Tuesday, October 26, 2010


There is some big news a-brewing in Angy world – and that’s saying a lot as in the last year I’ve made some milestones and had some dreams come true. I would list those here but it would be redundant as everything is outlined in this blog. My life has never been as well documented as it has over the last 16 months. If you are going to abandon your career and chase a car, I recommend documenting it as it makes it all seem more substantial.

Also, every time I look at the car my year feels substantial - I love that car – it rebuilt me. It’s a beautiful car but it really isn’t the car. My Six Pack friends are going to hate this but it could have been any car. My dad and I spent 2 years and possibly 2000 dollars in the mid-nineties rebuilding a John Deere AMT. Don’t get me wrong I love the TR6 but I don’t love your TR6. I like your TR6 but I don’t love it. I love my dad.

John Deere AMT 600

And speaking of dads… I’m going be one in May. I guess this is my great coming out. Put it this way: Key West (where Krista and I spent our honeymoon – forgot to finish that story) is a very romantic place. Krista and I have known for a while but we were playing it pretty close to the chest until about two weeks ago. Today we went to our second ultrasound – my first. It was a pretty earth moving experience.

I’ve said it before and I’ll say it again – this blog is about fathers and sons. Regardless what I have as a child (boy/girl) I’m in that transaction. When this car gets painted and finished in the spring is the same time I will have my first child. That is not on purpose but it is a little bit poetic.

This past weekend I spent my Saturday pushing and pulling that Dodge 330 into place in the shop so I can pull the motor. It was a tough day as it included making space via a trip to the dump and a lot of manhandling of a very large mid-size car – all by myself.

Large and unruly mid-size car in the midst of being manhandled

My Sunday was a lot more fun. I lined up a very nice trailer from a close friend of Krista’s family. He had bought it to haul a mid-sixties Ranchero home from Idaho a couple years back – overkill?.. maybe. What really impressed me was that it had trailer brakes that worked – that’s new – first time I had to setup the brakes in my truck.

I had the trailer so I could pick up the ’63 Belvedere – pushbutton automatic. Since last week my situation with that car changed as I sweetened the deal by trading for a spare engine hoist that I no longer needed instead of the 140 bucks cash. I hate cash – it’s so impersonal.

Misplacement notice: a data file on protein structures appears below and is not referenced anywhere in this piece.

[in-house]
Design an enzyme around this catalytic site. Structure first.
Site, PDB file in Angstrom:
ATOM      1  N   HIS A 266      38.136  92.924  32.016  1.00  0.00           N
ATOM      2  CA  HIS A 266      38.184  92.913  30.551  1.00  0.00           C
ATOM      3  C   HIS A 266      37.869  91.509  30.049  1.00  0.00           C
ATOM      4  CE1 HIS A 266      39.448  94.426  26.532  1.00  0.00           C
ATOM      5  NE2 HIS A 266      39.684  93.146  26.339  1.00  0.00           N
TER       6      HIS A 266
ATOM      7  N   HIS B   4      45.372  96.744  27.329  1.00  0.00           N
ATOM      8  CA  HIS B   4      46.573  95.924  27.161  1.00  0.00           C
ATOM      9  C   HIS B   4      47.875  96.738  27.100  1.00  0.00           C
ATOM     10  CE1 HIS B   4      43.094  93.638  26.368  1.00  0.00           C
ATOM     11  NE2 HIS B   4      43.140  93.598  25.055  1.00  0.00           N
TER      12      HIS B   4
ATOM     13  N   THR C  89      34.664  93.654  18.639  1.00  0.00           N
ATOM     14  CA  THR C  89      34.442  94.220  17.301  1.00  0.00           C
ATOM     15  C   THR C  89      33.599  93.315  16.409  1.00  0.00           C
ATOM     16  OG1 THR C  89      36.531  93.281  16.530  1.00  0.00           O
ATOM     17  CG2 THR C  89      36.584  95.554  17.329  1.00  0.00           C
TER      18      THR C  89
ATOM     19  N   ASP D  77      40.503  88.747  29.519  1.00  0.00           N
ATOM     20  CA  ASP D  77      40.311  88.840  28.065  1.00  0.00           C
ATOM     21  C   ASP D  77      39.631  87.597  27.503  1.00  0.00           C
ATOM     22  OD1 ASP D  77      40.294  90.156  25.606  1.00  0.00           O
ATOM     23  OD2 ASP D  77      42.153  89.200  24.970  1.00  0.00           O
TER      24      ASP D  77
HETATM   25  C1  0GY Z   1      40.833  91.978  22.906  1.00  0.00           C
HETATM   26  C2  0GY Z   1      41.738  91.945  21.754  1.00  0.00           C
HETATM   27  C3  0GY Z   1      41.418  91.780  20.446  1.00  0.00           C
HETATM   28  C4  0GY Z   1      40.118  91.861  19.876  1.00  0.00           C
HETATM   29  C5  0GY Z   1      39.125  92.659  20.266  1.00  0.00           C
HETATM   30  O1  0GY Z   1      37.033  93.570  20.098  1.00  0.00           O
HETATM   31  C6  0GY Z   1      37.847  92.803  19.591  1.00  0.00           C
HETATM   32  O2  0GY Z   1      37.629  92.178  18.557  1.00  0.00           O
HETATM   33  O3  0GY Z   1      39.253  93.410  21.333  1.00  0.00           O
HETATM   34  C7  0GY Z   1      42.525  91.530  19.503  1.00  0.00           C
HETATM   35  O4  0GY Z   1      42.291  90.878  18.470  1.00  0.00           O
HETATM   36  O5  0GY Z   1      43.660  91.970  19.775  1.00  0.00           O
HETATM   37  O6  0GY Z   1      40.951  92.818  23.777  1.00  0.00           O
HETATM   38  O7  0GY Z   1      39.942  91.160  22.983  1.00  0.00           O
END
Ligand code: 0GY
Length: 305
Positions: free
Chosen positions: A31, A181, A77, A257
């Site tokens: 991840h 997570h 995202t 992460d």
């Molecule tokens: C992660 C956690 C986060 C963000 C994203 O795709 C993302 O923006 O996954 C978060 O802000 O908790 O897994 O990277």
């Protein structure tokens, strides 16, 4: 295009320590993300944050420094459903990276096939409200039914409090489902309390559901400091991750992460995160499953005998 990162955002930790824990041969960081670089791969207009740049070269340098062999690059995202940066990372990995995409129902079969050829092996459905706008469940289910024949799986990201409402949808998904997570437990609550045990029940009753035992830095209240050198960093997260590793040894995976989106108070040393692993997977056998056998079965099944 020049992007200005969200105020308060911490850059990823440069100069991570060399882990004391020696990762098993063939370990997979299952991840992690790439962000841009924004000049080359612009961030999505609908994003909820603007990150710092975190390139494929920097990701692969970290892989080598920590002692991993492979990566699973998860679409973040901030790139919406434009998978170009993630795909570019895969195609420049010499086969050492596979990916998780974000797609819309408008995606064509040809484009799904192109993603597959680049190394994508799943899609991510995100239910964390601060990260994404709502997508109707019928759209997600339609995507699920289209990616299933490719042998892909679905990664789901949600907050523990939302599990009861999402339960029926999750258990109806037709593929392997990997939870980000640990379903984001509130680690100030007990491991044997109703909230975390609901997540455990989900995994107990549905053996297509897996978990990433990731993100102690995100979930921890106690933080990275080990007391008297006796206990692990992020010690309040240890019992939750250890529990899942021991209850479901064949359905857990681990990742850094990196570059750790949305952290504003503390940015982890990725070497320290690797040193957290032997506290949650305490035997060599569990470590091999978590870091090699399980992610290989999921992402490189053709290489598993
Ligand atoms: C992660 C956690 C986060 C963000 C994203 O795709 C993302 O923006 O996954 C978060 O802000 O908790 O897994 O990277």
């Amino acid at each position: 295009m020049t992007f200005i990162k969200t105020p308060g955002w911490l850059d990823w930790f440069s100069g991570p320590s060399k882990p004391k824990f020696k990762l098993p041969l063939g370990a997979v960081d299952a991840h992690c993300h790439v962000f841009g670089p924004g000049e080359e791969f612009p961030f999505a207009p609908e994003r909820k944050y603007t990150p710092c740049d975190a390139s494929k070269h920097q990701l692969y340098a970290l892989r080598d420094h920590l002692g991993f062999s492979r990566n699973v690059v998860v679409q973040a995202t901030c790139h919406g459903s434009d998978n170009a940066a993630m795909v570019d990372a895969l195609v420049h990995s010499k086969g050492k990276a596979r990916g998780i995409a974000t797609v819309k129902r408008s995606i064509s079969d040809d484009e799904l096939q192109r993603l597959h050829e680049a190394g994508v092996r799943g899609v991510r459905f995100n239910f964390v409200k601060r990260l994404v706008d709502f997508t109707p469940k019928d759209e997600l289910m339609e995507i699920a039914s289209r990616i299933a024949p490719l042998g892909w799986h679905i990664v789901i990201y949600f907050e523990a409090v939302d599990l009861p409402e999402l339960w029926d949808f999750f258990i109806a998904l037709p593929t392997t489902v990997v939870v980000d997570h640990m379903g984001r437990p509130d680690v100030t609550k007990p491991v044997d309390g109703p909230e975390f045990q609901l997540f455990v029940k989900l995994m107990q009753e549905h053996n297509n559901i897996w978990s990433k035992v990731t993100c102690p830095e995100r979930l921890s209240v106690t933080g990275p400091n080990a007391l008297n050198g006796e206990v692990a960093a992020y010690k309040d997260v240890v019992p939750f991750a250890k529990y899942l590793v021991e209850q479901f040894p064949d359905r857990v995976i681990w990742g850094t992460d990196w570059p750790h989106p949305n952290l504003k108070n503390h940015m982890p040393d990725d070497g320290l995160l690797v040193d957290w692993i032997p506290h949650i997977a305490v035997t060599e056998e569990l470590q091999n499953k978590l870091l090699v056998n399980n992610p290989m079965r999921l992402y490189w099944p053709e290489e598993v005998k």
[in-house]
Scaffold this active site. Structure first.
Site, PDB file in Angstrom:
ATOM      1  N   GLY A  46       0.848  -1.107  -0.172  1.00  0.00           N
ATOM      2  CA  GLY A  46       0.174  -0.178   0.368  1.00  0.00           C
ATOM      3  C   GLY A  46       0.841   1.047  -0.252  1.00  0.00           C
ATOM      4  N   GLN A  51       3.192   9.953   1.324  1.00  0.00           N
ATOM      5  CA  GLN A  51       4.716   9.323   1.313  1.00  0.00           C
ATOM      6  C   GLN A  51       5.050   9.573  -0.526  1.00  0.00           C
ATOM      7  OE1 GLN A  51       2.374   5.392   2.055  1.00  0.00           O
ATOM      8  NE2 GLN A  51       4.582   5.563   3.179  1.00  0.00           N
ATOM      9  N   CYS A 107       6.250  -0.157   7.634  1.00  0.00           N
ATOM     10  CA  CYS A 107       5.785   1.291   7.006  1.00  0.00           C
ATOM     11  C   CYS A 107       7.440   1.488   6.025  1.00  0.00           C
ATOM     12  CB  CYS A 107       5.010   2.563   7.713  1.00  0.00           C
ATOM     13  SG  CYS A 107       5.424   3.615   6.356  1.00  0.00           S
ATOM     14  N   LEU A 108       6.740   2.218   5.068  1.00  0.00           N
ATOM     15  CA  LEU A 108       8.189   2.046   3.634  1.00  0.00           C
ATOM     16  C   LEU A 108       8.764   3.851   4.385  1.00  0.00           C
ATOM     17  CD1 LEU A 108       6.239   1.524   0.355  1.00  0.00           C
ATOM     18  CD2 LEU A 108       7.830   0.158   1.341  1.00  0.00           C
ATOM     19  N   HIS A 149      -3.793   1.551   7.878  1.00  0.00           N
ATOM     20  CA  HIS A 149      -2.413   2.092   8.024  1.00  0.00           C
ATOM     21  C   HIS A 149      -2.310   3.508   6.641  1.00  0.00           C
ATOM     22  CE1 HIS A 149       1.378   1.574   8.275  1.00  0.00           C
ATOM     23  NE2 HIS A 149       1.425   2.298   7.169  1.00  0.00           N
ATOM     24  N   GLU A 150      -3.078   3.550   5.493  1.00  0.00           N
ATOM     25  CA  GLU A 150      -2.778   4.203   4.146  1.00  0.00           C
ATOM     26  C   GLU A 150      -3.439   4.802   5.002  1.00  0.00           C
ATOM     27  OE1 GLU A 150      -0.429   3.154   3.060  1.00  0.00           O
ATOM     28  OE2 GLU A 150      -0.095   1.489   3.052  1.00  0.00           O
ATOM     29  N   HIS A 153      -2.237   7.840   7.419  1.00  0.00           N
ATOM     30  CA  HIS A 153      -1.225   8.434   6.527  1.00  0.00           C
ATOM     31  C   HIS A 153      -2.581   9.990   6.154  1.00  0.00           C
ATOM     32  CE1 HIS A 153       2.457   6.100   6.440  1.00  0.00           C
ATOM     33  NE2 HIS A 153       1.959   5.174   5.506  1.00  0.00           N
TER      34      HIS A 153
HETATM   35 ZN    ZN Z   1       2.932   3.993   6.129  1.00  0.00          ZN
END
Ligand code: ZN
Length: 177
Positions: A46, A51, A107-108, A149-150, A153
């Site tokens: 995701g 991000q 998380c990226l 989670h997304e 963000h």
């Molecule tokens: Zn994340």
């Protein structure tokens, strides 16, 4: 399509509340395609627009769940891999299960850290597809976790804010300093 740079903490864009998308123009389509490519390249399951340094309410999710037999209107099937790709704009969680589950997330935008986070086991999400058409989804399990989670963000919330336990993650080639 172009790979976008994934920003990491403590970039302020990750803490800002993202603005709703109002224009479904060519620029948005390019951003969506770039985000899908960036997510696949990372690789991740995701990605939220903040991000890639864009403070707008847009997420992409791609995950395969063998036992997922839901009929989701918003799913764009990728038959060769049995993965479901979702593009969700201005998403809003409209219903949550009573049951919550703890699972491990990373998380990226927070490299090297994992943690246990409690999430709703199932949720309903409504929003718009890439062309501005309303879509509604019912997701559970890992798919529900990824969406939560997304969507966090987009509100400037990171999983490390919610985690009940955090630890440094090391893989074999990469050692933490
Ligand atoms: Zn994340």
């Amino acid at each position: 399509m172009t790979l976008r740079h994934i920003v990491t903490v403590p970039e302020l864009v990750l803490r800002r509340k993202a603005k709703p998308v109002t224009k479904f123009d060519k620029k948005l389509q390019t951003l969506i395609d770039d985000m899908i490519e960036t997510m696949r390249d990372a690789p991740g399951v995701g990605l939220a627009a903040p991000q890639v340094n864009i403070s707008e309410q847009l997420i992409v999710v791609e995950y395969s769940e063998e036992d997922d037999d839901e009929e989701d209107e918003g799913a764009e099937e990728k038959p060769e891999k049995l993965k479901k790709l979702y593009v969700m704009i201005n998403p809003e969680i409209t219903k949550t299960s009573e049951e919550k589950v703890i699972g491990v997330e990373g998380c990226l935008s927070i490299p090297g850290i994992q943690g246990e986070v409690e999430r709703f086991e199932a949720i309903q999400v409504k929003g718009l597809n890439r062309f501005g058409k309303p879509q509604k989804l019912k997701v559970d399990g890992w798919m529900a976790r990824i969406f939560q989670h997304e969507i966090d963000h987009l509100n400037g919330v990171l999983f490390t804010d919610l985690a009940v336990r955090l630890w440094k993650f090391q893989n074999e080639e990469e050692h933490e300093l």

I met up JJ, the kid that sold me the car, at about ten thirty in the morning on Sunday. I had brought with me a the ¾ inch Snap-On socket set, my breaker bar and floor jack for getting the tires off and four tires from the 330 for replacement. JJ had informed me, the weekend before, that the tires didn’t hold air and all had big gashes in them.

The front driver’s side tire came pretty easy but I broke one stud – to be expected on a car that has been sitting since ’76. But when I went to remove the rear driver’s side next I ran into real problems. I broke three studs in a row out of a possible five. It was then I decided to get some WD-40 going on all the remaining studs.

On the remaining two wheels I was batting about 50% when it came to saving studs. It’s interesting to point out that, for a while (not sure how long), Chrysler had the threads on the driver’s side of their cars tighten from right to left instead of left to right as is the norm – ’63 and ’64 where two of those years.

When I went back to the driver’s rear wheel I broke one of the two remaining studs. I decided not to risk the last one as it would make loading the car significantly harder if we couldn’t mount a wheel on there. Instead I had JJ fetch his dad’s compressor to try and see if the tire would hold air long enough to load it. Not only did it hold – it was holding better than the tires that I brought. JJ might not have tried that hard to fill the tires when he first moved the car to bring it to his acreage – this theory was backed up by the size of his father’s compressor. It was portable but just barely.

The car rolled freely with her three new(er) skins and one original tire. I didn’t even have to knock any of the drum brakes loose as sometimes is required in these situations.